How does Toronto define separated bike lanes?
The pilot project that's brought bike lanes to a number of downtown streets like Adelaide and Richmond is surely a positive sign for those who believe that Toronto is behind the times when it comes to cycling infrastructure. But the matter of just how the city has installed these has been cause for discontent.
First there was confusion when the lanes were initially painted but no signage was installed. That's forgivable given the time that it takes to roll out such a project, but since the so-called completion of the pilot project, a bigger issue has emerged -- that of just how separated these bike lanes really are.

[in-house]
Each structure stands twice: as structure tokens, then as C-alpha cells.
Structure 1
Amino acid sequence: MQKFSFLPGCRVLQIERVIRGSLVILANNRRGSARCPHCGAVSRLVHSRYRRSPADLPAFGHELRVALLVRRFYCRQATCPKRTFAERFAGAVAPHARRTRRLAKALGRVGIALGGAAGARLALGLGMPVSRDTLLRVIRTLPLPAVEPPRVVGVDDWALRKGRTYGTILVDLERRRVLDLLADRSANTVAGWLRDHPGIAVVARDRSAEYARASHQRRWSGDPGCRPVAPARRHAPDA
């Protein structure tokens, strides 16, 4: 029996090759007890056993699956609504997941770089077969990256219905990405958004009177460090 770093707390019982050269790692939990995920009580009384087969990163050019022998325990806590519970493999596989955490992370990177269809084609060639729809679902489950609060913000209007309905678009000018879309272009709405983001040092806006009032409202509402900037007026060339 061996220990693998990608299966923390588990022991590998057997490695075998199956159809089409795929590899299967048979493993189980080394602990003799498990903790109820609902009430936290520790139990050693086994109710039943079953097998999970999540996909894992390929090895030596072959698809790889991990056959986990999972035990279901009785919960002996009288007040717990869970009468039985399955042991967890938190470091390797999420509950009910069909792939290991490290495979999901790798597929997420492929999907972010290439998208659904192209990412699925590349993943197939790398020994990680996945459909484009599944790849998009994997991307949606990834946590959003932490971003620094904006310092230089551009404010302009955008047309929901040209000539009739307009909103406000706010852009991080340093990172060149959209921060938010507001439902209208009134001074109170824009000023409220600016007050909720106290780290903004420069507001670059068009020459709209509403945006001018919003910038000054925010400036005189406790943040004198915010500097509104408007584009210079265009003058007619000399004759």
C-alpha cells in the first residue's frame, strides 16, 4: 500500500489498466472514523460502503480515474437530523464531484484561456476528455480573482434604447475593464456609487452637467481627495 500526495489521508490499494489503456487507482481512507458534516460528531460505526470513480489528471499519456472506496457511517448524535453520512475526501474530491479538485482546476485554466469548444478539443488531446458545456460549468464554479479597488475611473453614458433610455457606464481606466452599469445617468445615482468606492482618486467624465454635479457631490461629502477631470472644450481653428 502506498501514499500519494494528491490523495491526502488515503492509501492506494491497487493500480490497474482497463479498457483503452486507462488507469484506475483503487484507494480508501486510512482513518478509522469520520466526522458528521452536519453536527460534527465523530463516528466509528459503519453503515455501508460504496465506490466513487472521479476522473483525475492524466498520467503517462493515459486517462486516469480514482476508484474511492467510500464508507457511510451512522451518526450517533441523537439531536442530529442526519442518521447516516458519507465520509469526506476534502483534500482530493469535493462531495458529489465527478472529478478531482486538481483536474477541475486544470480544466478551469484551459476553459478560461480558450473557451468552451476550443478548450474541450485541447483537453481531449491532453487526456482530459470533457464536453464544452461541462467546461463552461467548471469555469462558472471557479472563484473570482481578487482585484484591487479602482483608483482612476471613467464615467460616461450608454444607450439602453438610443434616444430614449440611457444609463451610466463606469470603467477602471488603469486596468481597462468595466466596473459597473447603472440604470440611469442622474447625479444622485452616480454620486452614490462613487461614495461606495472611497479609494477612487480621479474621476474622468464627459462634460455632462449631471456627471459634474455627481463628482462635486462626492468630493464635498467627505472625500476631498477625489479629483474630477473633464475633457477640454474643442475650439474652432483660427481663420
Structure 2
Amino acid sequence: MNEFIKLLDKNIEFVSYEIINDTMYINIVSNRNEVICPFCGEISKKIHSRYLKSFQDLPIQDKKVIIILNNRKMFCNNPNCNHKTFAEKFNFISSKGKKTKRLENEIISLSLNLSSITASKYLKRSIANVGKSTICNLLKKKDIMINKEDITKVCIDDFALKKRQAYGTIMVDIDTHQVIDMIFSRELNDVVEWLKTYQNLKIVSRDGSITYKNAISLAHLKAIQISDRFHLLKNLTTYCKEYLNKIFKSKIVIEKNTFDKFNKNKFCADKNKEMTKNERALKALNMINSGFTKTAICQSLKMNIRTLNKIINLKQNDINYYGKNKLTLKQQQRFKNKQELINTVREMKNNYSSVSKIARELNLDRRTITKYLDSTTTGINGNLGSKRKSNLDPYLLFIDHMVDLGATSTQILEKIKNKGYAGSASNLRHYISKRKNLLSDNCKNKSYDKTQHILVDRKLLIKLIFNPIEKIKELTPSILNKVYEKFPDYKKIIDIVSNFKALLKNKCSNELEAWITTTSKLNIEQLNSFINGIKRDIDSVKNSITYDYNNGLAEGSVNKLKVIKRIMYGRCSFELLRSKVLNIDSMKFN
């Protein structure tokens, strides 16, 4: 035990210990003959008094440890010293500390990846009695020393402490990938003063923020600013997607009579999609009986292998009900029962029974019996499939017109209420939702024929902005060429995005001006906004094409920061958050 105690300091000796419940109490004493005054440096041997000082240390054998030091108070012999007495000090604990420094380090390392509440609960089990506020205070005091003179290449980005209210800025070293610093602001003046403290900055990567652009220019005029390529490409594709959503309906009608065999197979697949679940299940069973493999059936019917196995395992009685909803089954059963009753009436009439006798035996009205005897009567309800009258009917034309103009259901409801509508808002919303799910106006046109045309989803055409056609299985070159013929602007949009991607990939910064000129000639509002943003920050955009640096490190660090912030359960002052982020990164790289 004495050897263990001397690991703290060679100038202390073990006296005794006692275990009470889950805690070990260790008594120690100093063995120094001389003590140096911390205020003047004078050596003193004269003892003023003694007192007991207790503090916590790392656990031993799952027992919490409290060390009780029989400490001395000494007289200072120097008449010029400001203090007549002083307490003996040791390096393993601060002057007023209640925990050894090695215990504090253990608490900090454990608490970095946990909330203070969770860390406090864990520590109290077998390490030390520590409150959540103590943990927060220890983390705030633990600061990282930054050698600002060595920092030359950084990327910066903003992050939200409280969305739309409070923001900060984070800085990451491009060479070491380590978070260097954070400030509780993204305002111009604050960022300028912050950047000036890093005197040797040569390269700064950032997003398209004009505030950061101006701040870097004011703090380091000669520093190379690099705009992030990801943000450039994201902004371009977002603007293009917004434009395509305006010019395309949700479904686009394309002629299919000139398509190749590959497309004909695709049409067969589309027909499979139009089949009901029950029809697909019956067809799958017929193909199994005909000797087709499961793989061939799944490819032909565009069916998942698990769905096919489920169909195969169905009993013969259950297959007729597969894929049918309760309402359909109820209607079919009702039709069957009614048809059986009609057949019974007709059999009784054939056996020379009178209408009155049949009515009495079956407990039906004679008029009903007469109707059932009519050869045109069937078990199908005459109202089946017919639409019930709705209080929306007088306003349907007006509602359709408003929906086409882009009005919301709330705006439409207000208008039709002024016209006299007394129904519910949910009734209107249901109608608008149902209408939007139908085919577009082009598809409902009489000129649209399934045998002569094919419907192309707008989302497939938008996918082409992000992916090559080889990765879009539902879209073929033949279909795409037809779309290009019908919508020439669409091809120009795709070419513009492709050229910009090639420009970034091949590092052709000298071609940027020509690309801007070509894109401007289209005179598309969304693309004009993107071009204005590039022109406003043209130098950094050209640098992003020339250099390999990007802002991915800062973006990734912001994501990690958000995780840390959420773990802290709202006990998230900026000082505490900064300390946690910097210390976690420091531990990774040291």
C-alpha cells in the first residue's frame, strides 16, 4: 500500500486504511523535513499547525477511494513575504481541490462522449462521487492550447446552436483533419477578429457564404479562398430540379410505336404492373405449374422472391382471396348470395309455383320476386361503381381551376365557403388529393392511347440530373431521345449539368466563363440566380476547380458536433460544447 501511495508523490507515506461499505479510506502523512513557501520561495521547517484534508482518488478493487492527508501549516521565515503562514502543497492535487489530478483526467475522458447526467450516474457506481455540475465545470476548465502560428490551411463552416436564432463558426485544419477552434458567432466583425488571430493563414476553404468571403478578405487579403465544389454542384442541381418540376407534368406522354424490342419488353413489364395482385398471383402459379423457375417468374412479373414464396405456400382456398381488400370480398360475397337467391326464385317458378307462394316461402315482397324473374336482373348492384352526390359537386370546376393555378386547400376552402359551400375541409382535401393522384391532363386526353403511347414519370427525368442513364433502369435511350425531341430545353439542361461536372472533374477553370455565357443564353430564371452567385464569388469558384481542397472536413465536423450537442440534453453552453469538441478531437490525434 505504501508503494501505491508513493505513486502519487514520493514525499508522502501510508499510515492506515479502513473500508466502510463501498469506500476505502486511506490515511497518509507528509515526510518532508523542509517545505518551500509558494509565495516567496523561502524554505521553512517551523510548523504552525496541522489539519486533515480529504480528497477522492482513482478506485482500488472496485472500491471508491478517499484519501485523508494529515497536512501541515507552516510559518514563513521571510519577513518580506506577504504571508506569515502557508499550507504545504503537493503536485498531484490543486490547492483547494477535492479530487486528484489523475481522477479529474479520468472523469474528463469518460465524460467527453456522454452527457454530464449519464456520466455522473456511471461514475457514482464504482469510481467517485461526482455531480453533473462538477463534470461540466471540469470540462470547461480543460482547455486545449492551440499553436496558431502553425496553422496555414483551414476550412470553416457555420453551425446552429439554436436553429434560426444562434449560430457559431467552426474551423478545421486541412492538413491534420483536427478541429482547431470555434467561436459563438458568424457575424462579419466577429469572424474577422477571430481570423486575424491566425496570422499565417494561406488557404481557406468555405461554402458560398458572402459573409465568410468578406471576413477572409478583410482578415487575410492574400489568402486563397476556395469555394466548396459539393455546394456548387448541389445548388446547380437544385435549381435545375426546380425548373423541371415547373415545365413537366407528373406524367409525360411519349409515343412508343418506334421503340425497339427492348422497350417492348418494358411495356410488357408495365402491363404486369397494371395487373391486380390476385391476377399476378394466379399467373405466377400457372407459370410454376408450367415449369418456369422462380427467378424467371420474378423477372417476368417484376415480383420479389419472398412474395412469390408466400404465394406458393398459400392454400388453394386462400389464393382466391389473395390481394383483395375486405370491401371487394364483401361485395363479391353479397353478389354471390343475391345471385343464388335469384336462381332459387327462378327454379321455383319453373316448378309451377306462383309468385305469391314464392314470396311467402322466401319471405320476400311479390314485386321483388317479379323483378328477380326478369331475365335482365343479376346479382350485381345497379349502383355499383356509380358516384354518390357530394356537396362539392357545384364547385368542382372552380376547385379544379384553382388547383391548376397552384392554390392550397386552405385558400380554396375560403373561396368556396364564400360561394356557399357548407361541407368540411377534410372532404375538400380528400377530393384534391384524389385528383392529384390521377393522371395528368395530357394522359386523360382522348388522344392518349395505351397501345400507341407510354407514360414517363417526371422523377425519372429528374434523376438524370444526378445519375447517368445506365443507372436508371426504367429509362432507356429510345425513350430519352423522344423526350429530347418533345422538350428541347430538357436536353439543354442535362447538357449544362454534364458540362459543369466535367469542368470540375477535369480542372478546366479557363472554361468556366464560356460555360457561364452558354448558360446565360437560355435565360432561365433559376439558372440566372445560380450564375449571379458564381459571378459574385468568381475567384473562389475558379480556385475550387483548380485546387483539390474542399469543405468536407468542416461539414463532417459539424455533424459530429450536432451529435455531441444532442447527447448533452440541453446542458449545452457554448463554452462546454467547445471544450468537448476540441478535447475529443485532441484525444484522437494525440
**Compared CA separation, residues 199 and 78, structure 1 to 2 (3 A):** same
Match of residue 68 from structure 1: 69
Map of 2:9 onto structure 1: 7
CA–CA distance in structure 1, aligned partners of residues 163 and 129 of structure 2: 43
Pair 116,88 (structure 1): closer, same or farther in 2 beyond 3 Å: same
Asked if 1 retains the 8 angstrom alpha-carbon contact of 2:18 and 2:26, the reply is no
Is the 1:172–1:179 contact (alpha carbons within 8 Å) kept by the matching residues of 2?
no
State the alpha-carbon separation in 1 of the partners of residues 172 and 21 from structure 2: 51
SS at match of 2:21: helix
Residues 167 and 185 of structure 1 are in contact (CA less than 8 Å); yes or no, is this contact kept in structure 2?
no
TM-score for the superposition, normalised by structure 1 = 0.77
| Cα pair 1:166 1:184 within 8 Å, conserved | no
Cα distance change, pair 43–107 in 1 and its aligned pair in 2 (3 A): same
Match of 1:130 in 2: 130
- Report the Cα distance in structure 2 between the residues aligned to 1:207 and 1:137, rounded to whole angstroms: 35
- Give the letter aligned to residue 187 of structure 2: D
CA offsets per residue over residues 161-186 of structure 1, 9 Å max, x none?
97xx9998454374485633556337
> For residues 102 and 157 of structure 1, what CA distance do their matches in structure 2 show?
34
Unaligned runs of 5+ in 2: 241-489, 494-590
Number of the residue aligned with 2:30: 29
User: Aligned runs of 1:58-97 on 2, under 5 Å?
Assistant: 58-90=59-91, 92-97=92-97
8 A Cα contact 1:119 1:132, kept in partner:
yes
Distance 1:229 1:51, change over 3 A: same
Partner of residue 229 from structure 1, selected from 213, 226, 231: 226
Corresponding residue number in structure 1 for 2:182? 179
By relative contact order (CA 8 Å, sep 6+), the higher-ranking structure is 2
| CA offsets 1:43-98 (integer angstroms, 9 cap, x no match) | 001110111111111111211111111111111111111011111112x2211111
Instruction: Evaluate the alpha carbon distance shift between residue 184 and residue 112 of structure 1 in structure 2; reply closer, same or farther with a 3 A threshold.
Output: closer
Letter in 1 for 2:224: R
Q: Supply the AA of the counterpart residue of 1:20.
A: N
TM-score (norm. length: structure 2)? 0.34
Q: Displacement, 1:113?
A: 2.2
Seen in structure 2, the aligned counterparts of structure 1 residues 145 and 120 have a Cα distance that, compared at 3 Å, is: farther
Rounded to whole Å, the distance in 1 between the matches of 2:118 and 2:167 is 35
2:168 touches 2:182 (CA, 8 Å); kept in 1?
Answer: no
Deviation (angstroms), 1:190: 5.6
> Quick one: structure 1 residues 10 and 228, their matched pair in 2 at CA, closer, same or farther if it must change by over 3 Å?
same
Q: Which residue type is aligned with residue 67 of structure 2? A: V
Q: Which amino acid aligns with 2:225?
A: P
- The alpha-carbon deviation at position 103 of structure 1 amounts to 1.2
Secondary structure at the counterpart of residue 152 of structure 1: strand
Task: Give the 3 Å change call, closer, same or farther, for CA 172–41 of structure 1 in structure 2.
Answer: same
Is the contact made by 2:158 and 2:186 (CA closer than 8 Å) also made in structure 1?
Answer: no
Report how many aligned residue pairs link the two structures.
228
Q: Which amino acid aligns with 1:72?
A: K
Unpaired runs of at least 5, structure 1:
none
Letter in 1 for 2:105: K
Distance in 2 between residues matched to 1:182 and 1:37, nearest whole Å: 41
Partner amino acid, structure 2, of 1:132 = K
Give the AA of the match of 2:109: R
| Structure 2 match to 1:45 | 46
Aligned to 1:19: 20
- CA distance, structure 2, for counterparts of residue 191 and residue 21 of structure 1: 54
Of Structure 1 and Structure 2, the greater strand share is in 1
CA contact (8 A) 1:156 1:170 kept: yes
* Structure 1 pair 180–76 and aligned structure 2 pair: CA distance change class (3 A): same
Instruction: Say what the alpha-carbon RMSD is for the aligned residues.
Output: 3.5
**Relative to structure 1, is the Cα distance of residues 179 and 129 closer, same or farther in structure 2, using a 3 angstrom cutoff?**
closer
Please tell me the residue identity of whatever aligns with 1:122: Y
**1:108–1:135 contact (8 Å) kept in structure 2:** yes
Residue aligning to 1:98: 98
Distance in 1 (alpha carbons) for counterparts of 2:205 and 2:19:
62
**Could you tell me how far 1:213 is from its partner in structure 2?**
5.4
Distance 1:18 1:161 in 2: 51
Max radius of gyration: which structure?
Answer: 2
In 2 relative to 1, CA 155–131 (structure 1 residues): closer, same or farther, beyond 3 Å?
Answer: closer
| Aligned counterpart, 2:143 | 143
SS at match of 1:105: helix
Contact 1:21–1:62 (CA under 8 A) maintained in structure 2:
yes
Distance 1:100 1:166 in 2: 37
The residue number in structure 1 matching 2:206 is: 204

The term separated is, it would appear, somewhat murky. At present, Transportation Services has opted to "crack down" on vehicles parking or entering the bike lane, but has not installed bollards to prevent them from doing so. As Cycle Toronto rightly points out, that can lead to some dangerous situations on these high volume streets.
The addition of new bike lanes is a step in the right direction for a city looking to ease congestion, but there's a legitimate question to be asked about whether physical separation should be mandatory on busy streets such as those in question. What do you think? Is a painted line enough, or should there be a more significant barrier to stop vehicles from entering bike lanes?